Here are a few pointers on what to look out for when choosing a handlebar.
The handlebars on your road bike have a significant effect on comfort and control. As a major contact point, along with saddle and pedals, time should be spent on getting the right handlebar for your needs.
They may all look the same but subtle differences can make or break your riding enjoyment.
Bars are available in several different widths; mostly from 36cm to 46cm in 2cm jumps. Bars should be roughly the width of the shoulders when sitting on the bike with arms outstretched and wrists on the hoods. Some aero-obsessives go for slightly narrow bars. ‘Cruiser’ type riders and riders who like to bomb down descents sometimes opt for a wider bar for stability.
Manufacturers measure their bars differently, some measure from centre to centre on the tubes on the drops while others measure from outside to outside. This means a 42cm in one bar can be different from a 42cm in another so it’s worth checking before purchase.
Road handlebars all share the same basic shape: a straight top part that the stem connects on to and a 90 degree curve and then a semi circular drop where the bars come back to face the rider.
The ‘top’ is where you get the most upright position while the drop is where the brake/gear lever hoods go.. Holding the straight section at the bottom of the drop gives you the most aero position and the term ‘on the drops’ refers to when a rider is pushing hard.
There are also several other more subtle shaping factors which help control and comfort…
The drop is available in several different shapes; classic and ergo. Classic is the traditional semi circular bend to the straight ends while ergo has a straight section in the bend to allow for a flatter hand position and better control.
The distance between the top and bottom of the drop section is available in normal or shallow (compact) variations. Shallow drops reduce the distance between the top and bottom of the drop section and allow the rider to spend more time on the drops without reaching down as much.
Shallow drops are good for those with shorter torsos or arms but are very popular with riders of all sizes looking to make riding on the drops less of a stretch.
The distance of the actual forward curve can vary between bars and can have a massive effect on hood placement. Any variation here could lengthen the amount of reach needed to the levers which then affect where they sit on the bars.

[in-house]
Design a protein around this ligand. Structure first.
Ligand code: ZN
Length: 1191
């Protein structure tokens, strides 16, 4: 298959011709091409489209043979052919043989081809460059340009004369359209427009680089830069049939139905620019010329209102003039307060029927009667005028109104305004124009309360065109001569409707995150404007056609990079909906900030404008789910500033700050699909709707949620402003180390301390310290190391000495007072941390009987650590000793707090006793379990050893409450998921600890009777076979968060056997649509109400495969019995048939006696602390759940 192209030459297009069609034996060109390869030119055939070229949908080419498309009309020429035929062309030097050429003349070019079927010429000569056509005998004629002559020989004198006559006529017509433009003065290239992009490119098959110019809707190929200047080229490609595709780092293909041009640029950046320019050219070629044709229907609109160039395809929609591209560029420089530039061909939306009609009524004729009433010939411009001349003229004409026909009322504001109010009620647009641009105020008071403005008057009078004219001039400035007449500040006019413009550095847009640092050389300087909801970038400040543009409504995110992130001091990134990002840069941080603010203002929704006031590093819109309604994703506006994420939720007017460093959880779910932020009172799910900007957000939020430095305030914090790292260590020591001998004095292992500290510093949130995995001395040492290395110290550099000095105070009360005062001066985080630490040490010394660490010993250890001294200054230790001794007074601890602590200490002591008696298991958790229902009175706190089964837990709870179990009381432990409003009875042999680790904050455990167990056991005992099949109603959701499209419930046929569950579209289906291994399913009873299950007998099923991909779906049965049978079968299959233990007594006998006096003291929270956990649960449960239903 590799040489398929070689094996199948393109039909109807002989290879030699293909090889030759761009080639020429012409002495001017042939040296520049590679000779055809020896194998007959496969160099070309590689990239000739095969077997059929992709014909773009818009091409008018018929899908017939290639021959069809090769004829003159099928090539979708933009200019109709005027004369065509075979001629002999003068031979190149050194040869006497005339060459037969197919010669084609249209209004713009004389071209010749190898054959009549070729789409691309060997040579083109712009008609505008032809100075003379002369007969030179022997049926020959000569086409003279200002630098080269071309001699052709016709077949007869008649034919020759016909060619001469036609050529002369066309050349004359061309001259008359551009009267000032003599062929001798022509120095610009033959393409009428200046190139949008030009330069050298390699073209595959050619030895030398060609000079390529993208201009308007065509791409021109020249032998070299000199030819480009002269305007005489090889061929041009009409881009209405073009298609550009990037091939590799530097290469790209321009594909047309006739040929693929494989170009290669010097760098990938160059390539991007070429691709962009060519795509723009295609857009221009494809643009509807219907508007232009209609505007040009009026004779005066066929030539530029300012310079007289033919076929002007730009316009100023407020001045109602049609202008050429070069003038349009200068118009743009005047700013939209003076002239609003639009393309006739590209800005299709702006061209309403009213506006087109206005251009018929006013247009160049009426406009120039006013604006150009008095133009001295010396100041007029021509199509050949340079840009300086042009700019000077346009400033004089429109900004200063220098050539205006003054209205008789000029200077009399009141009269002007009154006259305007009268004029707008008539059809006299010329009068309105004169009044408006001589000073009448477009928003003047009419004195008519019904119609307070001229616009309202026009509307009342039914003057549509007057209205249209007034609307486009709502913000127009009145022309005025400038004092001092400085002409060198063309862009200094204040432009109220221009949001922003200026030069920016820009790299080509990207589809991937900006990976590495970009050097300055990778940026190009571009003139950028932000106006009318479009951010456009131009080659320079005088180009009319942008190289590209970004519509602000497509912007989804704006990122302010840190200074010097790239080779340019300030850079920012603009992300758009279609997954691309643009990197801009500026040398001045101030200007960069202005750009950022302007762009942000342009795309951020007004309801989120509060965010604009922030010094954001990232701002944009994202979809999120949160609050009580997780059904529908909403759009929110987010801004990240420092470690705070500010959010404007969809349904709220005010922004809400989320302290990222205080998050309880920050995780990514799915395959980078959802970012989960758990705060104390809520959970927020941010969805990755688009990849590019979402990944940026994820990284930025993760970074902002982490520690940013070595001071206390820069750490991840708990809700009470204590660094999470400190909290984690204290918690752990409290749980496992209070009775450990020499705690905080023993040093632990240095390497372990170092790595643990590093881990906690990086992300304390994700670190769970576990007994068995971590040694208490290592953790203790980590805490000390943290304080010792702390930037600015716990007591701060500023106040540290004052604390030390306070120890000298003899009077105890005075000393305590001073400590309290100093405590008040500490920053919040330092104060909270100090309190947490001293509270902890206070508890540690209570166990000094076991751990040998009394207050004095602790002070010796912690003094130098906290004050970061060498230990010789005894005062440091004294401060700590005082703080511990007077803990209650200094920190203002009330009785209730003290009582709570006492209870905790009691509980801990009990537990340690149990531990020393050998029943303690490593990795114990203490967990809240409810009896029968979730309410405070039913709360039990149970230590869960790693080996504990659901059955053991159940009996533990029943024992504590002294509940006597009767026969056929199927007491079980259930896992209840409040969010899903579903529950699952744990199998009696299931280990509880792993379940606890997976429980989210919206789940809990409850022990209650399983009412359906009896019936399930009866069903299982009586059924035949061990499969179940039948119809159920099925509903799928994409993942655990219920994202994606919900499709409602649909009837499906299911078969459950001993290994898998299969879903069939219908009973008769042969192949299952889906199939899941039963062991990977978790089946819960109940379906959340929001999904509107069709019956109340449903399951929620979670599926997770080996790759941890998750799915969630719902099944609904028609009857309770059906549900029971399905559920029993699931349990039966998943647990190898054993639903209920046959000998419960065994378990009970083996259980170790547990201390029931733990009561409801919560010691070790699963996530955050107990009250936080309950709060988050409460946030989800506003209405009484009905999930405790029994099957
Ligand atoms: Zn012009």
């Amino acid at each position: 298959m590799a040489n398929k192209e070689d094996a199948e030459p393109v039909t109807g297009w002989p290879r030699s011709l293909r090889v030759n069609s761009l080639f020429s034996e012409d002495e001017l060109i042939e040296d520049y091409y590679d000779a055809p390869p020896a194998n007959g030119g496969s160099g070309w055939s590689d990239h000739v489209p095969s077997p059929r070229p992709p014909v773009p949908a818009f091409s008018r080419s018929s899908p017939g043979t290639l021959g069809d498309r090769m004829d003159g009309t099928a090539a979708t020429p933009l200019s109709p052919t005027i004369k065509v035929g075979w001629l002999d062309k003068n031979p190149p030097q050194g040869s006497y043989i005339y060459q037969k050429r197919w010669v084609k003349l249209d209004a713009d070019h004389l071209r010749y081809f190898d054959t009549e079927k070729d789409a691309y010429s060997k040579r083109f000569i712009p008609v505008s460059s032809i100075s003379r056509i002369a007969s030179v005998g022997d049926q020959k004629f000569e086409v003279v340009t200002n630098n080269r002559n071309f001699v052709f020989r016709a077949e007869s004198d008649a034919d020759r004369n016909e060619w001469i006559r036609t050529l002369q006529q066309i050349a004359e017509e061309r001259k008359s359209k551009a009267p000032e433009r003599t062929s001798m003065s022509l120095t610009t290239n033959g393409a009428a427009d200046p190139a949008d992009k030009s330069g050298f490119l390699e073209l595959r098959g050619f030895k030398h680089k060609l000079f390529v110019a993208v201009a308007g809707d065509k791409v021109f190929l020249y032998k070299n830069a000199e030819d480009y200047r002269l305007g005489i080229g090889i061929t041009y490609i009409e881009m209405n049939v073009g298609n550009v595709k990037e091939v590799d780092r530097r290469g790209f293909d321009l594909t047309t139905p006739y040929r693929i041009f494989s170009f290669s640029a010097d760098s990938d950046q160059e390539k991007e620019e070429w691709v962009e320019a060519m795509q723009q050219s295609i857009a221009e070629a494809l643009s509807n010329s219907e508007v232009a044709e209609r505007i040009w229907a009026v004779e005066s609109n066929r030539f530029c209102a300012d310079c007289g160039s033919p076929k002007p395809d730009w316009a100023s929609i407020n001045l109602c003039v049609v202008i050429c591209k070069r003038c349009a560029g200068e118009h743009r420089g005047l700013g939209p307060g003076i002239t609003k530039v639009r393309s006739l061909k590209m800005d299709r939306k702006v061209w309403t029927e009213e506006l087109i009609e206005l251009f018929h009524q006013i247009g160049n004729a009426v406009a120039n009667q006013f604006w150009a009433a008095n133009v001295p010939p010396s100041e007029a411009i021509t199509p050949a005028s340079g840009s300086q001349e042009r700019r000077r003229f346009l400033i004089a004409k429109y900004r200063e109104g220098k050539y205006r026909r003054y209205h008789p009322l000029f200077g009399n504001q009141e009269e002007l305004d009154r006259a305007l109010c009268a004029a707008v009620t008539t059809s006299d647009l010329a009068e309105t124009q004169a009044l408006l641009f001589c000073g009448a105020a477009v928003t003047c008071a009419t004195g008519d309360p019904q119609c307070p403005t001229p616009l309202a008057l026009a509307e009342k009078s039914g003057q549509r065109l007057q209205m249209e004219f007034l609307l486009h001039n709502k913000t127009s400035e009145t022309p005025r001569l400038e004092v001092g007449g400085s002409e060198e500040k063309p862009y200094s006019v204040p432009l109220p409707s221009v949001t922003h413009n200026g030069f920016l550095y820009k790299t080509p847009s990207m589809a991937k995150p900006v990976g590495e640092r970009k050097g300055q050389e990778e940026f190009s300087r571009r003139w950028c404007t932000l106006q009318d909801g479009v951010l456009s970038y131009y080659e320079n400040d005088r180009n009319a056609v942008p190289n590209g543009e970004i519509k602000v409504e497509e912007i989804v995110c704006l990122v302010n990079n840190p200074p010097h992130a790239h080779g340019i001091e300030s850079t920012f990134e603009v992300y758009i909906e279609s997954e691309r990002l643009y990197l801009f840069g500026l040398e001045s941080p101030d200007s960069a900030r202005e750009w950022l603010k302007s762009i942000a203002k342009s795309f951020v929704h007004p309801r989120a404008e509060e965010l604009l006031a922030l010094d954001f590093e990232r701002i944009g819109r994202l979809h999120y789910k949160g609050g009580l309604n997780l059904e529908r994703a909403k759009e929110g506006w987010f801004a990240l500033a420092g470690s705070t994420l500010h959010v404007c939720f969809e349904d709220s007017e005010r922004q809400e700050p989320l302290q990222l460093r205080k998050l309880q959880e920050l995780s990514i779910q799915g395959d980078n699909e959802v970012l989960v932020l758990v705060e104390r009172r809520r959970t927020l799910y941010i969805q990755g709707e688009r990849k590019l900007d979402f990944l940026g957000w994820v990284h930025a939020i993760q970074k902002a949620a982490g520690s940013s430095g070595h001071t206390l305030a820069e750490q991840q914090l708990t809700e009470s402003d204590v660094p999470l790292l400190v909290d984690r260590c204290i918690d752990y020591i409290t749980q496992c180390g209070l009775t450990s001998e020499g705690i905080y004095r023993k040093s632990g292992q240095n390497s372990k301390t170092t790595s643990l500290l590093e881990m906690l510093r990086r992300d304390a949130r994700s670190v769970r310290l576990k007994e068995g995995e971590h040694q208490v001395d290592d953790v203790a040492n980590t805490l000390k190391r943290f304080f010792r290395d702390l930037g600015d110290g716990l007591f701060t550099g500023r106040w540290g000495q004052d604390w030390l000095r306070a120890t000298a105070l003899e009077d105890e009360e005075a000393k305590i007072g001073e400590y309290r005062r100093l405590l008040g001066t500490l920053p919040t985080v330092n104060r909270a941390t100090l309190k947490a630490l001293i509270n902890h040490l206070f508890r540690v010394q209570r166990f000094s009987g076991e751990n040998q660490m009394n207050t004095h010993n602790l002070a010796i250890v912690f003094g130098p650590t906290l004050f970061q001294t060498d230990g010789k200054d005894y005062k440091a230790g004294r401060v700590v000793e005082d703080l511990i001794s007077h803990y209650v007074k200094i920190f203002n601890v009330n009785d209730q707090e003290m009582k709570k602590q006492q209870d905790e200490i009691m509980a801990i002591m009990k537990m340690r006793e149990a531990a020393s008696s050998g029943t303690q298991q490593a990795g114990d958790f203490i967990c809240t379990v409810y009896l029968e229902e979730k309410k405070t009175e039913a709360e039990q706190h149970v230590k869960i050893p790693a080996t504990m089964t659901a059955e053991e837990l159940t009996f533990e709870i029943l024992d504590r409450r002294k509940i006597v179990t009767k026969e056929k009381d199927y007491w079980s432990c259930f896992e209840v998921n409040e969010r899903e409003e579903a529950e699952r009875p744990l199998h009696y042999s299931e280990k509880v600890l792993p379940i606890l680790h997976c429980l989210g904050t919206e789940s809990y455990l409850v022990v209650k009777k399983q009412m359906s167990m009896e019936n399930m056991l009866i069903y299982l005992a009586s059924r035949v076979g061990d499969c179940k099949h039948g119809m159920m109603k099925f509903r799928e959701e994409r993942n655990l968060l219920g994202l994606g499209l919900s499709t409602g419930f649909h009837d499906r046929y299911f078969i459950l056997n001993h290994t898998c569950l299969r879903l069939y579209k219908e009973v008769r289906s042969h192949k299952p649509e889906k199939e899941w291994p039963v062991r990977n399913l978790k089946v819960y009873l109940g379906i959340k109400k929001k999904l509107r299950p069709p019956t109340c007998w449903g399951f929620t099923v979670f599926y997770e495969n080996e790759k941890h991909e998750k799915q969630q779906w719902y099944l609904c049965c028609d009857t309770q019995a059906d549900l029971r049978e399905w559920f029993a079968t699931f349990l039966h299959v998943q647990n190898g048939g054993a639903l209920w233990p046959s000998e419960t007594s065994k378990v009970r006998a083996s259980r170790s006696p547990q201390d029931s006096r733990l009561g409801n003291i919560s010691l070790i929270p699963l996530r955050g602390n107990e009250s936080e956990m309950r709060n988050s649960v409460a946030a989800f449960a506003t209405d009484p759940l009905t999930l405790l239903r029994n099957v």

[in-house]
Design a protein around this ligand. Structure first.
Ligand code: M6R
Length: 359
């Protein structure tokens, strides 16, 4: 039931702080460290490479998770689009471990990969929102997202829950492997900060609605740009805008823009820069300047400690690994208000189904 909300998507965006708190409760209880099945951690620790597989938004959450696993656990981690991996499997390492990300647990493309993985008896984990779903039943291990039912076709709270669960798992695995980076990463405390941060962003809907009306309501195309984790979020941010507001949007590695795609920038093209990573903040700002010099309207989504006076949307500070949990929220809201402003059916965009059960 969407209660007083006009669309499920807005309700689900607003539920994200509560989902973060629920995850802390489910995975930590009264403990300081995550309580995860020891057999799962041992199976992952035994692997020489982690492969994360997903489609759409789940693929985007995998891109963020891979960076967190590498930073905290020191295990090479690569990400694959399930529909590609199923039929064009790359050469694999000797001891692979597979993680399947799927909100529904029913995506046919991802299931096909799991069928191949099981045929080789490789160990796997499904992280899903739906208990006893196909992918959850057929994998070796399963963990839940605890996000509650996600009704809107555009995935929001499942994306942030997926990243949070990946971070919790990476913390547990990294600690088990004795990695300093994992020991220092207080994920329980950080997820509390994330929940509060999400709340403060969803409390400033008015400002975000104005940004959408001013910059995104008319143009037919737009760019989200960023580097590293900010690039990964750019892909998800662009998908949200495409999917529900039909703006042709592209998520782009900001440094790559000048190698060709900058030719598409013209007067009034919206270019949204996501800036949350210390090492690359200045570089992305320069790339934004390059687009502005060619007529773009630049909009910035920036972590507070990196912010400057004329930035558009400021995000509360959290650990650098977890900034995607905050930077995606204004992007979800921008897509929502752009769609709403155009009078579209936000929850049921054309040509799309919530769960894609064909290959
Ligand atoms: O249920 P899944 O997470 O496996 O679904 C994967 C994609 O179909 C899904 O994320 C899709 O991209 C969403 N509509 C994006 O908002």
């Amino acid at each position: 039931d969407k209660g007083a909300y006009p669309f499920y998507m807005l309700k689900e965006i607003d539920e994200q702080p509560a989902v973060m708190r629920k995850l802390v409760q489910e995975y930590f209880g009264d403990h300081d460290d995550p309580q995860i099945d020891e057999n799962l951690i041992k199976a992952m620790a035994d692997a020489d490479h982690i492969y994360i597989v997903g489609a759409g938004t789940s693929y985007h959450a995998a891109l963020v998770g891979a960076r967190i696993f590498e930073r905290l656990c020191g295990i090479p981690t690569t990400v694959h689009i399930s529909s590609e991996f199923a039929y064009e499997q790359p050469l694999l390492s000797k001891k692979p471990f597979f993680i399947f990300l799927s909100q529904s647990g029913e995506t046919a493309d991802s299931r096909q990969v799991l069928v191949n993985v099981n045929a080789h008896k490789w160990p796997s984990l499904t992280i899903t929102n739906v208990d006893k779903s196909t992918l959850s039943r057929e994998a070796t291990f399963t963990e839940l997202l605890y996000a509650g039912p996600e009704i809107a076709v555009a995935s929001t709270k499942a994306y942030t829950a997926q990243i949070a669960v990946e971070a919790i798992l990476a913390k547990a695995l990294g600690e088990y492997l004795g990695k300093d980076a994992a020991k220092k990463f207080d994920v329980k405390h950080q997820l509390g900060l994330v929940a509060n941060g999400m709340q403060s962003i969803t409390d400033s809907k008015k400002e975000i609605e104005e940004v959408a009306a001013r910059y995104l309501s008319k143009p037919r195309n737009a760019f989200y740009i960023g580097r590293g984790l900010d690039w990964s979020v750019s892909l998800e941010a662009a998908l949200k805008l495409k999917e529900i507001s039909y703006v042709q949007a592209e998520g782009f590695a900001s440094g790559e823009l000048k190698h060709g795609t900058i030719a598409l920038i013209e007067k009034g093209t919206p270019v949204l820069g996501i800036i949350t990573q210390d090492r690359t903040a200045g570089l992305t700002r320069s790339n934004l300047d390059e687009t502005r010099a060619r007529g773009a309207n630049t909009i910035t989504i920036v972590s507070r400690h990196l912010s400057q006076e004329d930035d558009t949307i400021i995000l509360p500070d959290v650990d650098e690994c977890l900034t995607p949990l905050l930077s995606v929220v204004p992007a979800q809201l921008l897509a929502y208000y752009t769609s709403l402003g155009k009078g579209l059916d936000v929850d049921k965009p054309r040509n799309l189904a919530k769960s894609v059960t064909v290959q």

It is a very subtle difference when buying bars but one to watch out for as can make you feel more stretched out without noticing initially.
Some bars have a flatter top section offering a larger contact area making them more comfortable by reducing the strain on the wrists and arms. Some manufacturers have made this flat section very thin in order to offer an aero advantage (marginal gains!)
Bars are constructed from either alloy or carbon. Alloy is the most popular as they are easier and cheaper to produce and are available in a much wider choice of variations.
Carbon bars are lighter and offer more comfort but are expensive and the choice isn’t as good as alloy versions – but this can make it easier to come up with a shortlist as a result.
The original tradtional handlebar diameter size is 25.4mm which is classed now as ‘non-oversize’ thanks to the modern current standard which at 31.8mm is classed as ‘oversized’.
Care should be taken to match the bars with stem diameter as the sizes are non compatible with each other. Manufacturers have taken this into consideration and diameters on handlebars and stems are clearly marked for easier identification at purchase.
Just to complicate things slightly, Deda have also introduced a new size of 35mm which is only compatible with similar sized stems from the manufacturer.
Why make bars have a bigger diameter? To increase front end stiffness and control – especially when sprinting out of the saddle.
There is a growing trend among racers for integrated one piece handlebar and stem units. These offer several advantages, mainly weight saving and stiffness, as they are made from carbon.
The downside is that stem length and bar width (and angle) are all fixed so make sure your measurements are perfect before purchase as any changes needed to either will mean a whole new system, and they ain’t cheap!
One final point worth considering when choosing bars is whether they have any grooves for gear and brake cables to sit in. Grooves will help reduce the circumference of the bar once taped so if you prefer thinner bars it’s better to get grooved bars.
Some bars don’t have any, some have a single groove and some have double but we wouldn’t let the ‘grooves-or-not factor’ get in the way if you have a found a bar suitable in every other dimension.
Which road handlebars should you buy?
Occasional riders – Standard alloy bar with average reach and drop; may benefit from shallow drop as less stretched when on the drops.
Regular riders – Alloy or carbon bars with either drop. Huge range of alloy bars and weight isn’t that bad. Carbon bars are more comfortable and lighter so better over long distances.
Racers – Carbon bars with standard drop. The carbon is lighter and the deeper drop allows for better aero position when riding on the drops. Saying that, shallow drop allow the rider to spend more time in the aero position without the associated pressure on the body so some may find these beneficial.